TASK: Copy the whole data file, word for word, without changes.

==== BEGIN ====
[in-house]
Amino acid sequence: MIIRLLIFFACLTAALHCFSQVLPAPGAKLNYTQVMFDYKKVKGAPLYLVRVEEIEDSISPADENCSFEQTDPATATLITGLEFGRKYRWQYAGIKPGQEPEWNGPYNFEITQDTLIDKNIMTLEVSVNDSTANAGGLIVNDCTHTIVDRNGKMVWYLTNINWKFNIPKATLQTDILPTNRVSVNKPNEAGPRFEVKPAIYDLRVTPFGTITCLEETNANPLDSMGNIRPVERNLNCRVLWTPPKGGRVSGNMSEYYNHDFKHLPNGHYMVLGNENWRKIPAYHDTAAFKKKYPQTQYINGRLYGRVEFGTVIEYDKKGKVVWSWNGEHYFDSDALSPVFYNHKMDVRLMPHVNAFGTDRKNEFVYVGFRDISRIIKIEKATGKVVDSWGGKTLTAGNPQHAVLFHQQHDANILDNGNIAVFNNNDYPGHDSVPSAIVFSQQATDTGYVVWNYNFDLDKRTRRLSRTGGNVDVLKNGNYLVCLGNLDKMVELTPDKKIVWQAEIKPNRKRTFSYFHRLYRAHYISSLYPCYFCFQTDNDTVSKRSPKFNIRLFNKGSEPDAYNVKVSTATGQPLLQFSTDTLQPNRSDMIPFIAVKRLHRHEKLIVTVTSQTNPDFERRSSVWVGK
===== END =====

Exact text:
[in-house]
Amino acid sequence: MIIRLLIFFACLTAALHCFSQVLPAPGAKLNYTQVMFDYKKVKGAPLYLVRVEEIEDSISPADENCSFEQTDPATATLITGLEFGRKYRWQYAGIKPGQEPEWNGPYNFEITQDTLIDKNIMTLEVSVNDSTANAGGLIVNDCTHTIVDRNGKMVWYLTNINWKFNIPKATLQTDILPTNRVSVNKPNEAGPRFEVKPAIYDLRVTPFGTITCLEETNANPLDSMGNIRPVERNLNCRVLWTPPKGGRVSGNMSEYYNHDFKHLPNGHYMVLGNENWRKIPAYHDTAAFKKKYPQTQYINGRLYGRVEFGTVIEYDKKGKVVWSWNGEHYFDSDALSPVFYNHKMDVRLMPHVNAFGTDRKNEFVYVGFRDISRIIKIEKATGKVVDSWGGKTLTAGNPQHAVLFHQQHDANILDNGNIAVFNNNDYPGHDSVPSAIVFSQQATDTGYVVWNYNFDLDKRTRRLSRTGGNVDVLKNGNYLVCLGNLDKMVELTPDKKIVWQAEIKPNRKRTFSYFHRLYRAHYISSLYPCYFCFQTDNDTVSKRSPKFNIRLFNKGSEPDAYNVKVSTATGQPLLQFSTDTLQPNRSDMIPFIAVKRLHRHEKLIVTVTSQTNPDFERRSSVWVGK